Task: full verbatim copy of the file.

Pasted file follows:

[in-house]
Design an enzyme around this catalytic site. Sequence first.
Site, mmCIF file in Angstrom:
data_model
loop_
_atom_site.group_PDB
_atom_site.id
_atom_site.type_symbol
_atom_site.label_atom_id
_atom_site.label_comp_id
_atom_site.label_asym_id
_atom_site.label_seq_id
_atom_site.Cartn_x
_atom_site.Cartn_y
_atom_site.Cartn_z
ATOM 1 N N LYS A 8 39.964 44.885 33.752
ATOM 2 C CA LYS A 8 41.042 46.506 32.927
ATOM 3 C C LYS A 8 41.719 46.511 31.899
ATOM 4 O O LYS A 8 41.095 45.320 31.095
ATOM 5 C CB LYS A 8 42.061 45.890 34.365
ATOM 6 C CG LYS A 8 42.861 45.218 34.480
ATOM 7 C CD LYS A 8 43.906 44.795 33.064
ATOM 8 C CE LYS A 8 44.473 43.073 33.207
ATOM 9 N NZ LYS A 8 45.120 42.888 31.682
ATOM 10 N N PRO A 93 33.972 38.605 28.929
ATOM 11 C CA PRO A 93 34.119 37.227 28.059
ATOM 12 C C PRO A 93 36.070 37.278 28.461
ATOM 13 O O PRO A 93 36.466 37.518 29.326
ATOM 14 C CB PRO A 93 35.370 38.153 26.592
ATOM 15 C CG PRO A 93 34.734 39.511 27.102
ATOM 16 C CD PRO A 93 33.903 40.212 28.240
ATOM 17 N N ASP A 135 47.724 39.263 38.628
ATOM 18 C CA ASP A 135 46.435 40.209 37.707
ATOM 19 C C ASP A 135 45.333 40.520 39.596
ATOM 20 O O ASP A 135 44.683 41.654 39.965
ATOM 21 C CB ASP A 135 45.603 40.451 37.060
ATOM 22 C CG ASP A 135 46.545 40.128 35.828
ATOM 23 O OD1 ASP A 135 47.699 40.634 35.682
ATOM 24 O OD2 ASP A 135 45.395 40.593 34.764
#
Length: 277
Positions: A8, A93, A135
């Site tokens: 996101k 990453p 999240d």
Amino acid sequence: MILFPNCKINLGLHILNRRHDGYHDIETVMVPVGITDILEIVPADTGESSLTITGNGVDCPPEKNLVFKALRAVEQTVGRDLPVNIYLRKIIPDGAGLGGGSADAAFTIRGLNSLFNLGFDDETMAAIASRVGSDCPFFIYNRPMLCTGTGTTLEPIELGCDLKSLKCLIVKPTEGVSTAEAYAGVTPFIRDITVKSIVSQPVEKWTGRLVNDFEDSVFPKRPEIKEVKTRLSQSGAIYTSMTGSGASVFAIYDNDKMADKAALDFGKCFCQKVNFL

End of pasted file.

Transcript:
[in-house]
Design an enzyme around this catalytic site. Sequence first.
Site, mmCIF file in Angstrom:
data_model
loop_
_atom_site.group_PDB
_atom_site.id
_atom_site.type_symbol
_atom_site.label_atom_id
_atom_site.label_comp_id
_atom_site.label_asym_id
_atom_site.label_seq_id
_atom_site.Cartn_x
_atom_site.Cartn_y
_atom_site.Cartn_z
ATOM 1 N N LYS A 8 39.964 44.885 33.752
ATOM 2 C CA LYS A 8 41.042 46.506 32.927
ATOM 3 C C LYS A 8 41.719 46.511 31.899
ATOM 4 O O LYS A 8 41.095 45.320 31.095
ATOM 5 C CB LYS A 8 42.061 45.890 34.365
ATOM 6 C CG LYS A 8 42.861 45.218 34.480
ATOM 7 C CD LYS A 8 43.906 44.795 33.064
ATOM 8 C CE LYS A 8 44.473 43.073 33.207
ATOM 9 N NZ LYS A 8 45.120 42.888 31.682
ATOM 10 N N PRO A 93 33.972 38.605 28.929
ATOM 11 C CA PRO A 93 34.119 37.227 28.059
ATOM 12 C C PRO A 93 36.070 37.278 28.461
ATOM 13 O O PRO A 93 36.466 37.518 29.326
ATOM 14 C CB PRO A 93 35.370 38.153 26.592
ATOM 15 C CG PRO A 93 34.734 39.511 27.102
ATOM 16 C CD PRO A 93 33.903 40.212 28.240
ATOM 17 N N ASP A 135 47.724 39.263 38.628
ATOM 18 C CA ASP A 135 46.435 40.209 37.707
ATOM 19 C C ASP A 135 45.333 40.520 39.596
ATOM 20 O O ASP A 135 44.683 41.654 39.965
ATOM 21 C CB ASP A 135 45.603 40.451 37.060
ATOM 22 C CG ASP A 135 46.545 40.128 35.828
ATOM 23 O OD1 ASP A 135 47.699 40.634 35.682
ATOM 24 O OD2 ASP A 135 45.395 40.593 34.764
#
Length: 277
Positions: A8, A93, A135
């Site tokens: 996101k 990453p 999240d």
Amino acid sequence: MILFPNCKINLGLHILNRRHDGYHDIETVMVPVGITDILEIVPADTGESSLTITGNGVDCPPEKNLVFKALRAVEQTVGRDLPVNIYLRKIIPDGAGLGGGSADAAFTIRGLNSLFNLGFDDETMAAIASRVGSDCPFFIYNRPMLCTGTGTTLEPIELGCDLKSLKCLIVKPTEGVSTAEAYAGVTPFIRDITVKSIVSQPVEKWTGRLVNDFEDSVFPKRPEIKEVKTRLSQSGAIYTSMTGSGASVFAIYDNDKMADKAALDFGKCFCQKVNFL